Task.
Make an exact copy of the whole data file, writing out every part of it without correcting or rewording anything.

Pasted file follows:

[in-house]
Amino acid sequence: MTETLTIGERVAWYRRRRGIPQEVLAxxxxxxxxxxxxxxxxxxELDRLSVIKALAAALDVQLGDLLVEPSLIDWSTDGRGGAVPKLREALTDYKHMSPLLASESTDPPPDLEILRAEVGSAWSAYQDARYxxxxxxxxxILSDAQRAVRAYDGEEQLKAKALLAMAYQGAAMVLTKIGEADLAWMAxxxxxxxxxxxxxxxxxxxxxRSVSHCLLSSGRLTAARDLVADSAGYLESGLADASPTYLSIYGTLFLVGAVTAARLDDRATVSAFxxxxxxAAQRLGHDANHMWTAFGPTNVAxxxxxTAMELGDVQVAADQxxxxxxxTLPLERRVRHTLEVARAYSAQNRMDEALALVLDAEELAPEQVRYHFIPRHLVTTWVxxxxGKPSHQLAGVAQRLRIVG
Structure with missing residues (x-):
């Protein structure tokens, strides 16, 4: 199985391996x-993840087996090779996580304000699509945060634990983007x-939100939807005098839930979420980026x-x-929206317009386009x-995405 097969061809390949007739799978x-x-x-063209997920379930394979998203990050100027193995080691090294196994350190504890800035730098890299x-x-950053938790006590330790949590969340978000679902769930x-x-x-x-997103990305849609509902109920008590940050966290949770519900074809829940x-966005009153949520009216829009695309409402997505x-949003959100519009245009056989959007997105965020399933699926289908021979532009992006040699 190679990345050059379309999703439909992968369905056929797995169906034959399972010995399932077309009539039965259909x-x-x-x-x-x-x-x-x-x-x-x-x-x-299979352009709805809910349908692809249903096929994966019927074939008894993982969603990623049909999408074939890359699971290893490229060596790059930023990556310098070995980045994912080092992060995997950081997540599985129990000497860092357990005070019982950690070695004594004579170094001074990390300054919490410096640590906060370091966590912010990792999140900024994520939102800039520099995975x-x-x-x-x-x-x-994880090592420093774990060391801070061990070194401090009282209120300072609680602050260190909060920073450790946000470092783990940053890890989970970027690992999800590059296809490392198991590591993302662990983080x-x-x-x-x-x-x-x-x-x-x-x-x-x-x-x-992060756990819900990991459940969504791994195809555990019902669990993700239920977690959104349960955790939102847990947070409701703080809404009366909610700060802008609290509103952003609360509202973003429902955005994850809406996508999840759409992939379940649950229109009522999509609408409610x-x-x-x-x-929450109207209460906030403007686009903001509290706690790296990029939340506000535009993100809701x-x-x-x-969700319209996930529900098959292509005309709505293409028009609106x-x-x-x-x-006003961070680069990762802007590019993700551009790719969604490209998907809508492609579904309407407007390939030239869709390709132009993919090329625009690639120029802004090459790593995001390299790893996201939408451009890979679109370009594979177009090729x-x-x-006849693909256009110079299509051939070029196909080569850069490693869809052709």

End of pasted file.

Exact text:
[in-house]
Amino acid sequence: MTETLTIGERVAWYRRRRGIPQEVLAxxxxxxxxxxxxxxxxxxELDRLSVIKALAAALDVQLGDLLVEPSLIDWSTDGRGGAVPKLREALTDYKHMSPLLASESTDPPPDLEILRAEVGSAWSAYQDARYxxxxxxxxxILSDAQRAVRAYDGEEQLKAKALLAMAYQGAAMVLTKIGEADLAWMAxxxxxxxxxxxxxxxxxxxxxRSVSHCLLSSGRLTAARDLVADSAGYLESGLADASPTYLSIYGTLFLVGAVTAARLDDRATVSAFxxxxxxAAQRLGHDANHMWTAFGPTNVAxxxxxTAMELGDVQVAADQxxxxxxxTLPLERRVRHTLEVARAYSAQNRMDEALALVLDAEELAPEQVRYHFIPRHLVTTWVxxxxGKPSHQLAGVAQRLRIVG
Structure with missing residues (x-):
């Protein structure tokens, strides 16, 4: 199985391996x-993840087996090779996580304000699509945060634990983007x-939100939807005098839930979420980026x-x-929206317009386009x-995405 097969061809390949007739799978x-x-x-063209997920379930394979998203990050100027193995080691090294196994350190504890800035730098890299x-x-950053938790006590330790949590969340978000679902769930x-x-x-x-997103990305849609509902109920008590940050966290949770519900074809829940x-966005009153949520009216829009695309409402997505x-949003959100519009245009056989959007997105965020399933699926289908021979532009992006040699 190679990345050059379309999703439909992968369905056929797995169906034959399972010995399932077309009539039965259909x-x-x-x-x-x-x-x-x-x-x-x-x-x-299979352009709805809910349908692809249903096929994966019927074939008894993982969603990623049909999408074939890359699971290893490229060596790059930023990556310098070995980045994912080092992060995997950081997540599985129990000497860092357990005070019982950690070695004594004579170094001074990390300054919490410096640590906060370091966590912010990792999140900024994520939102800039520099995975x-x-x-x-x-x-x-994880090592420093774990060391801070061990070194401090009282209120300072609680602050260190909060920073450790946000470092783990940053890890989970970027690992999800590059296809490392198991590591993302662990983080x-x-x-x-x-x-x-x-x-x-x-x-x-x-x-x-992060756990819900990991459940969504791994195809555990019902669990993700239920977690959104349960955790939102847990947070409701703080809404009366909610700060802008609290509103952003609360509202973003429902955005994850809406996508999840759409992939379940649950229109009522999509609408409610x-x-x-x-x-929450109207209460906030403007686009903001509290706690790296990029939340506000535009993100809701x-x-x-x-969700319209996930529900098959292509005309709505293409028009609106x-x-x-x-x-006003961070680069990762802007590019993700551009790719969604490209998907809508492609579904309407407007390939030239869709390709132009993919090329625009690639120029802004090459790593995001390299790893996201939408451009890979679109370009594979177009090729x-x-x-006849693909256009110079299509051939070029196909080569850069490693869809052709």